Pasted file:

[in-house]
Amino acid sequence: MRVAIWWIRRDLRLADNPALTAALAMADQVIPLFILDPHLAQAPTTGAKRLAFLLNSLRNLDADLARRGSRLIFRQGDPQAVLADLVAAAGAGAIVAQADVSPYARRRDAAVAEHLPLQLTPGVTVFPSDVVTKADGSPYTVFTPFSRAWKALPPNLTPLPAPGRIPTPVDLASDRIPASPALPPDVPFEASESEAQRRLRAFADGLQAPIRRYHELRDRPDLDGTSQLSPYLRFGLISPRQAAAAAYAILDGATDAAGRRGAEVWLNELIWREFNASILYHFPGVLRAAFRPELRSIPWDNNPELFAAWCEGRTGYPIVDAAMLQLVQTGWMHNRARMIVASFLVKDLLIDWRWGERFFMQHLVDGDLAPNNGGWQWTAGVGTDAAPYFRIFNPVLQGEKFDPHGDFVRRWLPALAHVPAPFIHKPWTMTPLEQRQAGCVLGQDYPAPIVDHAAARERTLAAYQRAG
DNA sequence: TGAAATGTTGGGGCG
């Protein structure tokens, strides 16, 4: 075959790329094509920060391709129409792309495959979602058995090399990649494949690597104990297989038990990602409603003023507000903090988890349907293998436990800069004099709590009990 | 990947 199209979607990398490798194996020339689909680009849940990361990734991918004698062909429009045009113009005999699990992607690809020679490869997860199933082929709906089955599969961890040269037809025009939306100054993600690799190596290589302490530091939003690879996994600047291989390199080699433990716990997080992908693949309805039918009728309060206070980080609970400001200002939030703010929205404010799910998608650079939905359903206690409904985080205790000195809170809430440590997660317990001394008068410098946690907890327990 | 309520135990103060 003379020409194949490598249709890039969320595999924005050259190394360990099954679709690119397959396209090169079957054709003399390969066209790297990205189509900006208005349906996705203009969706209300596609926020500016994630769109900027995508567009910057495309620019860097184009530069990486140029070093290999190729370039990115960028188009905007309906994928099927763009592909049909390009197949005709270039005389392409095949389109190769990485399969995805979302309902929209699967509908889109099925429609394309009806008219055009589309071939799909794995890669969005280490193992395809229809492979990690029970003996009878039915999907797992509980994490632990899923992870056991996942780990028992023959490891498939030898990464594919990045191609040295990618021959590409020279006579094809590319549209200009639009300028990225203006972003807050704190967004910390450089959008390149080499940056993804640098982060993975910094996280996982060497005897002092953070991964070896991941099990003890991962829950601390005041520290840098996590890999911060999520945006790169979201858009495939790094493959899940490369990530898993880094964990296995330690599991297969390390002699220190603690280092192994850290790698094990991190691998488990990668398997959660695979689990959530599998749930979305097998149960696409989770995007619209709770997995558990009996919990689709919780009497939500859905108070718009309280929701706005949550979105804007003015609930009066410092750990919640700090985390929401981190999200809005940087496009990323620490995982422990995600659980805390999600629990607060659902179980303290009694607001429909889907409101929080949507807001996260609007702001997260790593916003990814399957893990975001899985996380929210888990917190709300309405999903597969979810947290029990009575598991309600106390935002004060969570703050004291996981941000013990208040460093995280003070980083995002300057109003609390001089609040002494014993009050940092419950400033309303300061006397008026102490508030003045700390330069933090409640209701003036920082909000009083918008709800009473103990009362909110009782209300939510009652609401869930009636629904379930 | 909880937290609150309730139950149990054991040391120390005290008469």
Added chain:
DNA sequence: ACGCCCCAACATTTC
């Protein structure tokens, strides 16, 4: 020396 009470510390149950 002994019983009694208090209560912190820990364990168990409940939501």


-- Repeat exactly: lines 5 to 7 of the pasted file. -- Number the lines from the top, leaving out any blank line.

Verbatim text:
Added chain:
DNA sequence: ACGCCCCAACATTTC
């Protein structure tokens, strides 16, 4: 020396 009470510390149950 002994019983009694208090209560912190820990364990168990409940939501």